As TEPCO seems open to foreign assistance, with its adviser a former director of the US Nuclear Regulatory Commission at the Three Mile Island, Russia is once again offering help to resolve problems bombarding the defunct Fukushima nuclear power plant. According to a unit head of Rusatom, a state-owned nuclear company in Russia, they are hoping to cooperate with Fukushima operator Tokyo Electric Power Co.
Rosatom Overseas General Director Djomart Aliyev said that they can take advantage of their experience in managing the Chernobyl meltdown, which caused greater damages compared to Fukushima Daiichi. “As TEPCO has not made all the information open, we cannot find solutions immediately,” said Aliyev, urging TEPCO to accept their offer of help. “If we cooperate, however, we may produce good results.”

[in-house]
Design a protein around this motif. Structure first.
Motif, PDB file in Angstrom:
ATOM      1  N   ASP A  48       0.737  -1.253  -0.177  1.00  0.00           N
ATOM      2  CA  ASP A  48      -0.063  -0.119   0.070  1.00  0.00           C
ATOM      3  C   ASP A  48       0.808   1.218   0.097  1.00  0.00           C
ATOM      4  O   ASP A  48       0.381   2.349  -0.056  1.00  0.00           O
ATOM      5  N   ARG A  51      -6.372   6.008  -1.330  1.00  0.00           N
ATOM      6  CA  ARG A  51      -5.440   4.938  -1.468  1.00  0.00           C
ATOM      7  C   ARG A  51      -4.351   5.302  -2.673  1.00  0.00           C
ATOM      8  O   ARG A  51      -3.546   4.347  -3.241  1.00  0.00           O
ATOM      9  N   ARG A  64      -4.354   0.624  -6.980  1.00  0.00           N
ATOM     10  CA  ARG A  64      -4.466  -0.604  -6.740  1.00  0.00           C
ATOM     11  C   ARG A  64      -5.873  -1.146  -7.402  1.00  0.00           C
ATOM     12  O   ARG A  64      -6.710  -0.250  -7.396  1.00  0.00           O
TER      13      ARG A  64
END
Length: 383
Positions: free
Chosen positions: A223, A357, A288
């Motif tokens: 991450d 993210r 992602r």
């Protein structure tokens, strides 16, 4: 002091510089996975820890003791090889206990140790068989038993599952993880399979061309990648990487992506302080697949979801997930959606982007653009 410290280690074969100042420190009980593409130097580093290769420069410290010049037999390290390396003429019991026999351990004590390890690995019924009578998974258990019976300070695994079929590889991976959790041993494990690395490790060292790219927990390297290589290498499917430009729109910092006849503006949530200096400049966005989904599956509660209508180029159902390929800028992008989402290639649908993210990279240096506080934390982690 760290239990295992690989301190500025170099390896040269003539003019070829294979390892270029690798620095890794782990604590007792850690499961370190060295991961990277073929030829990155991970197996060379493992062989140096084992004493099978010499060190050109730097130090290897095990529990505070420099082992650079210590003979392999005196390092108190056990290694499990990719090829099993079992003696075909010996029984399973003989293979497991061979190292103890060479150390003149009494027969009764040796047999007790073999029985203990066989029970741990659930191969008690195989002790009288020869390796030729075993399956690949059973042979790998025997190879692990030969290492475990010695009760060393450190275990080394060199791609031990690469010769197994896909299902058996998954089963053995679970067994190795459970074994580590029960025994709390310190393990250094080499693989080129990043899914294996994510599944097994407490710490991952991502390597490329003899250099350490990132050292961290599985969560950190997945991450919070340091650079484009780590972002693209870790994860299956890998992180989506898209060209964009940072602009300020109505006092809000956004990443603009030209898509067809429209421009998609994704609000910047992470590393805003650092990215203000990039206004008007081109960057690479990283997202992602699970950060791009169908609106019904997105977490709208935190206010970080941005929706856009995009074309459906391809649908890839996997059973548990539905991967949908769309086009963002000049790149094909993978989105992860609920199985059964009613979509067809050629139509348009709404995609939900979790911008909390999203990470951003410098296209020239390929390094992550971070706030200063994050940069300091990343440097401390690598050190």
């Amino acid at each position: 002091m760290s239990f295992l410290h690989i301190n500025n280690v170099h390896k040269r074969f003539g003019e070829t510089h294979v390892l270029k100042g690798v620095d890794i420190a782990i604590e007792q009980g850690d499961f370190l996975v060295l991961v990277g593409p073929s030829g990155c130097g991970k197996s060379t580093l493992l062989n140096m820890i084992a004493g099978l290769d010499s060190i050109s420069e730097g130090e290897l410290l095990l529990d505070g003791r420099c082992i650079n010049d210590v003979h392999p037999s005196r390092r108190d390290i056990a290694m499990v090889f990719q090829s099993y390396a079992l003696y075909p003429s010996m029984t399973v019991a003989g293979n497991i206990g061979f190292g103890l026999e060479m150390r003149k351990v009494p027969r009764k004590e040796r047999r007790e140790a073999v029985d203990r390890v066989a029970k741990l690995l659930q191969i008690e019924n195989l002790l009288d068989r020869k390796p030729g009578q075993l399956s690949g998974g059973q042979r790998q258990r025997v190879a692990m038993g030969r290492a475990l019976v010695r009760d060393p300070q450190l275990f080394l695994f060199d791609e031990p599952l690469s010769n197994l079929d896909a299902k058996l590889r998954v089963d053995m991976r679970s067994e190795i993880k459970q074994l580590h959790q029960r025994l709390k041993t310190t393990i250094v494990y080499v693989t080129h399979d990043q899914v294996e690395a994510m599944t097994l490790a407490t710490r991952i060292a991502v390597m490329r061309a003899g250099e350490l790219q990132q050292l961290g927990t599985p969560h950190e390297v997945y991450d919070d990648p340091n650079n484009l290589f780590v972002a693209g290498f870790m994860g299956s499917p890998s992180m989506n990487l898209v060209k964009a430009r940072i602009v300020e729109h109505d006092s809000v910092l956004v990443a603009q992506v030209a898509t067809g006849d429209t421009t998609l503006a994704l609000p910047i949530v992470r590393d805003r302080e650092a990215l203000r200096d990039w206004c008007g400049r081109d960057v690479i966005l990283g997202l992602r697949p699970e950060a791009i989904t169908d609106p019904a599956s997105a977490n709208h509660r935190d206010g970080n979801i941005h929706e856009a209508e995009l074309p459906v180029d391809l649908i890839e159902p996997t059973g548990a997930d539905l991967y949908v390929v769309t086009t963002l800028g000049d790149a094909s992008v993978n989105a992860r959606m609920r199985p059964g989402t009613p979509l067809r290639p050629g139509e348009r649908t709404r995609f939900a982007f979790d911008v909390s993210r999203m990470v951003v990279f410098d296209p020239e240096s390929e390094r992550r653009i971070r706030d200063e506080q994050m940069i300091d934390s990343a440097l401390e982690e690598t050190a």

For better assistance, Aliyev has gathered people who can be assigned for the Fukushima issues. The special team will be analyzing the situation in Fukushima as well as the tools available. However, the Rusatom general director said that TEPCO has not accepted their proposal. Russia began offering help even in 2011, but Japan has not sought any foreign assistance until this year. Despite contract competition for establishing nuclear plants in Vietnam and Turkey, Djomart Aliyev believes that Japan and Russia can benefit from working together. By doing so, they can train potential nuclear plant operators who can be assigned to both Asian countries.
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